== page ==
Keeping it real

Ahead of Growing Families March 2020 UK/EU information day on family building options, global family-building expert Sam Everingham sheds some light on these events and why they remain so popular.

How long has Growing Families been running surrogacy education for Europeans?

Since 2014, though until last year we ran our events under the Families Through Surrogacy brand.

What prompted the re-brand?

We were doing so much education about not only surrogacy but egg donor IVF, complex IVF and other routes to parenthood, that the Growing Families name was a much better fit.

Why do couples engage in commercial surrogacy when the costs can be significantly higher than the UK?

The fact that there is no guarantee of matching and no professional support or oversight of UK surrogates emotional needs puts off many. Also altruistic surrogates can never be as tightly screened from a medical or psychological perspective. The risk that they might change their mind about keeping the child puts off many. Too many who match independently with a surrogate report financial extortion from surrogates or their partners. Even those who have a friend or family member offer to carry often don’t want to put their relationship under the strain that comes with the intense emotions (and hormones) of a surrogacy journey.

What has changed since 2014 in the surrogacy landscape globally?

Five years ago, a lot of UK and European singles and couples were putting their trust in India or Thailand to help create a family. Other south-east Asian countries such as Nepal and Cambodia also briefly catered to the high demand from childless couples. However with the closure of all these unregulated destinations, we now see huge interest in states with solid laws such as Ukraine for heterosexual couples and the US amongst singles and same-sex couples.

Have there been new surrogacy destinations emerging?

The more cost effective regulated destinations such as Ukraine, Georgia and Greece only take heterosexual couples. This has seen destinations such as Russia emerge to cater to singles and gay couples. While Russia’s track record on gay rights has been pretty atrocious, it is one of the few countries outside US and Canada to provide a legal mechanism for foreign single men to be recognised as the sole legal parent. Cosmopolitan cities like St Petersburg are now home to a number of gay-friendly surrogacy agencies and we are seeing more and more take advantage of that.

What sort of trends are you seeing in US surrogacy?

A decade ago, the only US state which foreigners were aware of for surrogacy was probably California. While it remains a best practice hub for surrogacy globally, surrogate compensation levels are significantly higher in California than other states. So people are wising up, choosing to engage with surrogates from a range of US states with lesser living costs and laws friendly to foreigners. Given the US is the only country with audited reporting of individual clinic success rates outside the UK, the best US clinics are increasingly strict about surrogate screening, to ensure their intended parents have the best chance of success.  Some intended parents bring their own surrogate from Europe or Canada. Others self-match in the US. Though there are significant risks in trying to manage a long-distance surrogacy arrangement in the absence of agency support.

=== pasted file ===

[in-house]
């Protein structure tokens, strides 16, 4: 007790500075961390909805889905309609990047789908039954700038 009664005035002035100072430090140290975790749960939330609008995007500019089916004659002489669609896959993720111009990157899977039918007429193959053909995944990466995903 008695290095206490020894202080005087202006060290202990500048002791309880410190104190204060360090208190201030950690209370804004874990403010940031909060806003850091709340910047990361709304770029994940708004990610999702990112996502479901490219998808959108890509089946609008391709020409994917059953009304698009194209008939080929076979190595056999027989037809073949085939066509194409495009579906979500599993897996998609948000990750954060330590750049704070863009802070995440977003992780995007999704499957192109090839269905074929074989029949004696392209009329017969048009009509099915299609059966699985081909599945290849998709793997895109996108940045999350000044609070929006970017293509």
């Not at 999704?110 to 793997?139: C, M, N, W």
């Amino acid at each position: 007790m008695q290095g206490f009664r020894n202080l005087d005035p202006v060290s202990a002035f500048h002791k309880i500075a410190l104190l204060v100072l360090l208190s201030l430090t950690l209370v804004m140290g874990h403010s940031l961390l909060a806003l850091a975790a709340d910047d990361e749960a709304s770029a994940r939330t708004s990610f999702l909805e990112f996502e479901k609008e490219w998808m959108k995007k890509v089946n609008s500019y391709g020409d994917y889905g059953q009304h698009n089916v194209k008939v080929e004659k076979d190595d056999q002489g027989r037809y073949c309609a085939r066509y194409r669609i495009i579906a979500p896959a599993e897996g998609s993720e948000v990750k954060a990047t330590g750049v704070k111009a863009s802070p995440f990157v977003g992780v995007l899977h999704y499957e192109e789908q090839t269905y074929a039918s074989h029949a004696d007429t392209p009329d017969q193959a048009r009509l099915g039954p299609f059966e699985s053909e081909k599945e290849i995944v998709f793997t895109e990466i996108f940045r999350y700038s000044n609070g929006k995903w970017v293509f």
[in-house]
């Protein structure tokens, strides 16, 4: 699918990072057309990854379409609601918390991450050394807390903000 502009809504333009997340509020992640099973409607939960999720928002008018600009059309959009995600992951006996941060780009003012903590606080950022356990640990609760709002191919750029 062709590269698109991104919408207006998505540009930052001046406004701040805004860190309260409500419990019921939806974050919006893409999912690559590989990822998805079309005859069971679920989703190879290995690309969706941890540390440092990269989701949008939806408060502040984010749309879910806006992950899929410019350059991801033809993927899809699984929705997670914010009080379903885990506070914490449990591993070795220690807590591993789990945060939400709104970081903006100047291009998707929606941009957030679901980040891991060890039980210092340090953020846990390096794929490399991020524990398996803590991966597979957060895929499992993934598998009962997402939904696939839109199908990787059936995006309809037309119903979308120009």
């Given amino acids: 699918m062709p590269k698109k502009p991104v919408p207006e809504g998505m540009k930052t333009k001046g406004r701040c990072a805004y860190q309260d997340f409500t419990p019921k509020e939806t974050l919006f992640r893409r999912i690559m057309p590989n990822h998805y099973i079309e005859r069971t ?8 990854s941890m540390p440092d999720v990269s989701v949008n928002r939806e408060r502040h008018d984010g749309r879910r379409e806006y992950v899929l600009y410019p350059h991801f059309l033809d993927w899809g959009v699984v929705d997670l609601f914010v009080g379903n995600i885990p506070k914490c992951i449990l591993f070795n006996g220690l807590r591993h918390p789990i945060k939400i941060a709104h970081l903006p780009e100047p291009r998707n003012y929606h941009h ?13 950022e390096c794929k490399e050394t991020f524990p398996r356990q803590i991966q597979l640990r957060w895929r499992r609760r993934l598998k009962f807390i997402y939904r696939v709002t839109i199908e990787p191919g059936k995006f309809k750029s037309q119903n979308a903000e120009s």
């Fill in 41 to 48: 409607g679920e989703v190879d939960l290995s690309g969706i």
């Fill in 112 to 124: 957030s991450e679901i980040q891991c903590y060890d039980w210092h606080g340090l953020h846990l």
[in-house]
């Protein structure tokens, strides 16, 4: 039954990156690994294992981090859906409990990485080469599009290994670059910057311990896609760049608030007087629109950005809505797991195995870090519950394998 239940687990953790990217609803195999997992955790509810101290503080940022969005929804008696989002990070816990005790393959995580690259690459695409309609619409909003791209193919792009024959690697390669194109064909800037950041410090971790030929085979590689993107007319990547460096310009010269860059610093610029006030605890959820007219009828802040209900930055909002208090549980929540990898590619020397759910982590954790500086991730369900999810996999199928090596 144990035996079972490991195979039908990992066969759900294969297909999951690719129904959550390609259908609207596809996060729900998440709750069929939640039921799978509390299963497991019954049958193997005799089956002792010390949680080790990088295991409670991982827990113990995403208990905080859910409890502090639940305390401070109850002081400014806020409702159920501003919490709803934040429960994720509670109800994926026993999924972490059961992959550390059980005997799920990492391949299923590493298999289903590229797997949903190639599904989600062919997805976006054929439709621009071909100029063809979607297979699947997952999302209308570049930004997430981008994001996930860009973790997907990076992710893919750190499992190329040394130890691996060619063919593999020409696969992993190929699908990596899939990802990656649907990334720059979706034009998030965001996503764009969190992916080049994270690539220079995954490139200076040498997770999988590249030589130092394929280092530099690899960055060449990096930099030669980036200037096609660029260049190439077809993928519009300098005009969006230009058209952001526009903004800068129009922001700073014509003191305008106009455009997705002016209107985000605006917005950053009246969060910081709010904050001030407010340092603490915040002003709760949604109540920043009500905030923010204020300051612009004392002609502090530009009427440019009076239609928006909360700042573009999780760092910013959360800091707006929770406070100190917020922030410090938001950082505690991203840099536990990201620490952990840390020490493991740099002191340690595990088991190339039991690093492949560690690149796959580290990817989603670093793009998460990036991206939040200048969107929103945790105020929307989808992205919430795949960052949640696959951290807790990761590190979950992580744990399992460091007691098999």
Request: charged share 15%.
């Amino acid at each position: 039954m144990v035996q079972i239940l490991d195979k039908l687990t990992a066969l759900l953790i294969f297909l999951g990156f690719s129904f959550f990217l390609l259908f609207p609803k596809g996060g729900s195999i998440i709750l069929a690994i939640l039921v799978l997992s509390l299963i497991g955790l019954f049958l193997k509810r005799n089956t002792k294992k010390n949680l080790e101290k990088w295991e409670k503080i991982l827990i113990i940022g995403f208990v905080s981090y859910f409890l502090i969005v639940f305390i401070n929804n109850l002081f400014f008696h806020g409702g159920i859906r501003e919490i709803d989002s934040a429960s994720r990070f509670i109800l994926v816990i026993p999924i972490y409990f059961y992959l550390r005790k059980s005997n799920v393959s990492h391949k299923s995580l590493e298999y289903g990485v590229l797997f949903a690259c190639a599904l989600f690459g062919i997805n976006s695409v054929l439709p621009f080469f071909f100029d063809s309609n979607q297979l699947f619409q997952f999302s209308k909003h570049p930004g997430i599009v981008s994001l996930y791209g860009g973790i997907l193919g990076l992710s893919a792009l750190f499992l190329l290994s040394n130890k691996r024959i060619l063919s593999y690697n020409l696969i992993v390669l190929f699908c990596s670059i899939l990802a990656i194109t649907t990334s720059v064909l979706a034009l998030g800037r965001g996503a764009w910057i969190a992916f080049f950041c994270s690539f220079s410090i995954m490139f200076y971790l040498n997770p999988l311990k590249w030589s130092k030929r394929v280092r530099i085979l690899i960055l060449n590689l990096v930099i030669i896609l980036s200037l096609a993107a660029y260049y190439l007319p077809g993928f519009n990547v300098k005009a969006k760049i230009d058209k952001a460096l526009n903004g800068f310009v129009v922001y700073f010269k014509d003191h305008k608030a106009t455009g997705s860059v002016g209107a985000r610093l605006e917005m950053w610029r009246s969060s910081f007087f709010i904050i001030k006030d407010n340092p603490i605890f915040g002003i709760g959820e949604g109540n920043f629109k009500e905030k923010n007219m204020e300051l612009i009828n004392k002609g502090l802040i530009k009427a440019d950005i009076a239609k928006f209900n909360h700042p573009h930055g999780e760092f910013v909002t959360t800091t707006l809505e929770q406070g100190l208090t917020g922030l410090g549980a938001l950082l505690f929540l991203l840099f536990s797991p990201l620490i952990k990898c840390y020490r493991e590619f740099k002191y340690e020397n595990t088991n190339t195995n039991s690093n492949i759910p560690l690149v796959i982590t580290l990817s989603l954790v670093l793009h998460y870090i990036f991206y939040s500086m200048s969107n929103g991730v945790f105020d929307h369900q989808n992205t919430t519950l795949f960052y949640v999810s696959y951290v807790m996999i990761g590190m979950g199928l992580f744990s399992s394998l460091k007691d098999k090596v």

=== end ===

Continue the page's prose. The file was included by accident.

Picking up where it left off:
Why are consumer-run events so important?

We started running UK conferences in reaction to childless singles and couples telling us they were overwhelmed by the plethora of and glitzy websites & trade shows trying to ‘sell’ them a solution. What they wanted was objective guidance from peers – to hear from parents, surrogates and donors who had success, rather than 15 glossy brochures. In part social media groups are filling this need, but for peace-of-mind, nothing replaces meeting parents who have walked in your shoes and vetted professionals face-to-face when deciding on one of life’s key decisions.

What is different about this year’s London conference?

Our parent panel this March include not only the US, UK and Canada, but stories from those with experience of Russia and Ukraine. And for the first time, our surrogate panel will include surrogates from not only UK, but Ukraine, discussing their motivations for the work they do.

Past events used to allow talks on surrogacy practice in a particular country, but these tended to morph into sales spiels, so our conference topics are now much tighter and geared to provide objective information and different points of view.

What sorts of support is available for those who have already chosen a donor IVF or surrogacy provider?

Choosing a pathway and providers is just the start of the journey. Intended and new parents have a myriad of questions around Immigration requirements, birth plans, parental recognition, infant feeding, disclosure to children – even social meet ups for families.  Social media can be of some help but it is hard to know who you are talking to. So Growing Families have designed an afternoon program on 21 March to address these practical issues. The aim is to take some of the stress out of the processes.

What options will the March event focus on?

It’s a comprehensive program looking at all options globally, but the key expertise will come from the US, UK, Ukraine, Georgia, Greece and Russia.

What are your key tips for those considering or engaged in surrogacy or egg donor IVF processes – particularly internationally?

You need to have a clear understanding of the risks for your situation and how best to control them. This means learning from a range of parents and providers about their own experience, what can go wrong and how you can reduce the chances of failure. Carefully informed decision-making is key.

Full event details are here

 

Related content

No Comments Yet

Leave a Reply

Your email address will not be published.

Translate »